Stone v. Graham
449 US 39 (Decided November 17, 1980)
This was a per curiam decision, meaning that decision was reached without aid of briefing and oral argument. Four justices dissented, mostly on the ground that the Court refused to grant plenary consideration to the case. At issue was the constitutionality of a 1978 Kentucky statute requiring the posting of a "permanent" copy of the Ten Commandments, 16" X 20", in each public elementary and secondary school classroom in the state. The Court held, applying the first Lemon prong, that the purpose of the enactment was to advance religion and that therefore, even without considering the other two prongs, the statute must fail.
After the KY legislature passed the Act, the state courts upheld its consitutionality, using the Lemon test in arriving at its conclusion. The courts upheld the "purpose prong" of Lemon because of the statute's requirement that the following secular notation be included on the display: "The secular application of the Ten Commandments is clearly seen in its adoption as the fundamental legal code of Western Civilization and the Common Law of the United States."
The US Supreme Court held that, notwithstanding this characterization, the "pre-eminent purpose for posting the Ten Commandments on schoolroom walls is plainly religious in nature." The Ten Commandments not only deal with arguably secular matters, such as murder and adultery, but also plainly consider religious duties such as sole worship of God, avoiding idolatry, honoring the Sabbath and not using the Lord's name in vain. An "avowed" secular purpose for legislation is not enough to surmount the "purpose" hurdle of Lemon. Indeed, the Court cited its 1963 Schempp decision disallowing daily Bible reading and the Lord's prayer in public schools despite the school district's assertion that such practices had secular purposes such as "the promotion of moral values, the contradiction to the materialistic trends of our times, the perpetuation of our institutions and the teaching of literature." The Court concluded that posting of the Ten Commandments would not serve the secular purposes of the study of of comparative religion, history, civilization or ethics.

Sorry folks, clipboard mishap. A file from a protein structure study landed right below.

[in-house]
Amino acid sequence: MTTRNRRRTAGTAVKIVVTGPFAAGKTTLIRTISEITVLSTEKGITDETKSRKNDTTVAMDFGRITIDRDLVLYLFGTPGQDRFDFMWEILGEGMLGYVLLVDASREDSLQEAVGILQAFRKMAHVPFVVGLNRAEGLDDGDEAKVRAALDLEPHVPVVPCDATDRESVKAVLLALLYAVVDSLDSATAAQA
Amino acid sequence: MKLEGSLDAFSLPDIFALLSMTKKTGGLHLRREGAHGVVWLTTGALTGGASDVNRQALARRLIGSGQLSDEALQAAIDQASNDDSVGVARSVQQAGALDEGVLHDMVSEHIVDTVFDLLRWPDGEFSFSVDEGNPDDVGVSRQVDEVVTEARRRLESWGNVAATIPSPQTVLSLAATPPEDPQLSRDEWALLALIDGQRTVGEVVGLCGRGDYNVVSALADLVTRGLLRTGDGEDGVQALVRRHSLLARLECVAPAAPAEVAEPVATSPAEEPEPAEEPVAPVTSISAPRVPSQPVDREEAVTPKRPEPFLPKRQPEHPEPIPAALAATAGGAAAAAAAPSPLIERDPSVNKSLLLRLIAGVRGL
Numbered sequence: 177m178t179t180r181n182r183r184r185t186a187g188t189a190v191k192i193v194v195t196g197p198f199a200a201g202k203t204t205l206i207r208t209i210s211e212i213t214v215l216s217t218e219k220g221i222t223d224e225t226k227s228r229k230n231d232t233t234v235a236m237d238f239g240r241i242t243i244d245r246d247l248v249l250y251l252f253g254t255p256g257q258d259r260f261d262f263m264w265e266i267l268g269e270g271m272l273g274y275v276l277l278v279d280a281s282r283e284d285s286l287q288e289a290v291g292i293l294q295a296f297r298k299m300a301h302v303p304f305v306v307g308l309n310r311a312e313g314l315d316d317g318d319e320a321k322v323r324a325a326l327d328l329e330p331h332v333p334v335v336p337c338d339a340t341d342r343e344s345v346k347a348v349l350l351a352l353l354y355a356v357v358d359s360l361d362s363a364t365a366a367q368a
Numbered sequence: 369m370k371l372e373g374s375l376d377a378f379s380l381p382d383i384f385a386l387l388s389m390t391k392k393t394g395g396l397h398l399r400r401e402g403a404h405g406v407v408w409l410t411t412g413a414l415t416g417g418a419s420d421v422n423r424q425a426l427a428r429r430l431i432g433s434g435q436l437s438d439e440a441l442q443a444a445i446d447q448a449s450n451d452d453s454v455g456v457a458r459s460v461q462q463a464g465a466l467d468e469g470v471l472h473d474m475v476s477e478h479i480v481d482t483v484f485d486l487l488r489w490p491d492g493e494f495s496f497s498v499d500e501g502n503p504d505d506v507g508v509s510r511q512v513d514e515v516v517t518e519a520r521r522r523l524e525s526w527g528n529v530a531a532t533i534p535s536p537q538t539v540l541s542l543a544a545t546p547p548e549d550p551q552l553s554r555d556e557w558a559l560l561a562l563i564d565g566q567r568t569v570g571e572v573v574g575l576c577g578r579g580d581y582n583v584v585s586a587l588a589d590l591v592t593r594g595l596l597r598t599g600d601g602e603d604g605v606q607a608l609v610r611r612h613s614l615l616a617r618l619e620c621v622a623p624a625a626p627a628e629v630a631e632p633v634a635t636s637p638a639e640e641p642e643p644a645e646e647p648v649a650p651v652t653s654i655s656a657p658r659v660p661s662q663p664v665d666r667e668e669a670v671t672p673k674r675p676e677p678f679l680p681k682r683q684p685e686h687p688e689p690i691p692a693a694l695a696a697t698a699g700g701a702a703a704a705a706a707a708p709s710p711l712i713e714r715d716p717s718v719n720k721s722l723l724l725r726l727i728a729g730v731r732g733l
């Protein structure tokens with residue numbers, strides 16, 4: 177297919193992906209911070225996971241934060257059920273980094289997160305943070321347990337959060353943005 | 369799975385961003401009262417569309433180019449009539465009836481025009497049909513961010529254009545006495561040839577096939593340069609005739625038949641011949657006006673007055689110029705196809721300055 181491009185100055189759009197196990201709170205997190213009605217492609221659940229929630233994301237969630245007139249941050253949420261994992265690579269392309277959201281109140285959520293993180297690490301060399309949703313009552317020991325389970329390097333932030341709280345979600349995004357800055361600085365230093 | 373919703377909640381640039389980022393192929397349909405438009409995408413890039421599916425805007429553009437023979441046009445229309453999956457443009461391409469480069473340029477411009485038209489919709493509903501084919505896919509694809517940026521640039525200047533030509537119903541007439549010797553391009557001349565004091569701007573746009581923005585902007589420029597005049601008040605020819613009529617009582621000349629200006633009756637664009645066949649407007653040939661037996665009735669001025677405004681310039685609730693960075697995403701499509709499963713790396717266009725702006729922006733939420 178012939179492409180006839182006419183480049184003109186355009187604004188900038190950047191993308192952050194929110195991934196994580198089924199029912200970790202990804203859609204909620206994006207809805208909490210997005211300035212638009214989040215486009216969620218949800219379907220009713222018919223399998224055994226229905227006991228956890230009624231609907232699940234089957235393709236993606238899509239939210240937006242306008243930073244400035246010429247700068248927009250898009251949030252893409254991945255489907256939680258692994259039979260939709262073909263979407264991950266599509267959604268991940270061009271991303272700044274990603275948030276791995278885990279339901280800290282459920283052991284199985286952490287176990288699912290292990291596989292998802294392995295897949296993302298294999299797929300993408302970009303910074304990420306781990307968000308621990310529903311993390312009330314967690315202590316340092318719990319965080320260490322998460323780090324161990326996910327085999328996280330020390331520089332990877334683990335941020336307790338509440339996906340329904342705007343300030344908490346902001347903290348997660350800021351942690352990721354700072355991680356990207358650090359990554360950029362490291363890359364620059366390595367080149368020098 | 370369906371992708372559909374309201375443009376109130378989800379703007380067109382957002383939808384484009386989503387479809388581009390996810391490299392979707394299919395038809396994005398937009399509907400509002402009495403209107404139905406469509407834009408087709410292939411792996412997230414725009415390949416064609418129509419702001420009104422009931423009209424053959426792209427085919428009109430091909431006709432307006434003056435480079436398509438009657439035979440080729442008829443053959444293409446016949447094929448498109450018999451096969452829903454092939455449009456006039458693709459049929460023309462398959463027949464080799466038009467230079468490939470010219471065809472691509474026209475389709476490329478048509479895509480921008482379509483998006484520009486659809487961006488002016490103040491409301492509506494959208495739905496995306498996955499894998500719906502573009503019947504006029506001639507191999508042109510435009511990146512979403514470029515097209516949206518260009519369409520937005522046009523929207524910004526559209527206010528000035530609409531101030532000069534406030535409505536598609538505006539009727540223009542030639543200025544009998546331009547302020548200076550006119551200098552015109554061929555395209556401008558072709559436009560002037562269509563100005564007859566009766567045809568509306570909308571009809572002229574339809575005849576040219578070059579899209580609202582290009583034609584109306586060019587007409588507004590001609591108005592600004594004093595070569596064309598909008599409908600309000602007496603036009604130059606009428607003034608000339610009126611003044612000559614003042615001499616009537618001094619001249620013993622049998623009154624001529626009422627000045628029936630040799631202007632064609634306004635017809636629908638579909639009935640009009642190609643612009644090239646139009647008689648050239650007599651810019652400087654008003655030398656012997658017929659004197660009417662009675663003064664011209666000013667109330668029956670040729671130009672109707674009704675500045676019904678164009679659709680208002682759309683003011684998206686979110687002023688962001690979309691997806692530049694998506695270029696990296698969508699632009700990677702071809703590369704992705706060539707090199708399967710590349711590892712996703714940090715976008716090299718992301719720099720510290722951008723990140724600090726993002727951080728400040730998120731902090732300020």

In a spirited dissent, Justice Rehnquist chided the Court for its summary conclusion that the KY statute had "no secular legislative purpose," by citing both the legislature's and state court's finding of such a secular purpose. He wondered why the Court would have been so solicitous to limn and support secular legislative purpose in Lemon, for example, when they would not do so here. Indeed, the Court in Lemon quickly accepted the facial legislative justification for the Acts--Acts which it found improper under the entanglement prong of the Lemon test.
Justice Rehnquist's dissent thus points to the issue of whether the Supreme Court subjects a statute to its own independent evaluation of whether it has a secular purpose or whether it must or should defer to the state's finding of secularity. In addition, he highlights the issue of what level of secularity vs. sacredness must be found by which body in order to violate the purpose test. Does the statute have to be wholly secular? primarily so? just a small degree secular? By whose finding?
The deeper issue not really considered by this case, because of its comparative brevity, is to what extent and in what manner religious themes, practices or literatures can be presented in public contexts when the First Amendment requires separation of church and state but the traditions of the country in many instances reflect and grew out of religious practices (such as Sunday Blue Laws or tax benefits for churches or property controlled by religious entities). What does it mean, for example, that the "Ten Commandments had a significant impact on the development of secular legal codes of the Western World"? Is it true? How is it to be demonstrated? And what is its legal effect under First Amendment jurisprudence if it can be shown to have had this "significant impact?" But all questions cannot be answered in a case; it was enough for the Court in this instance summarily to declare the KY statute unconstitutional for violating the first prong of the Lemon test.
Copyright © 2004-2007 William R. Long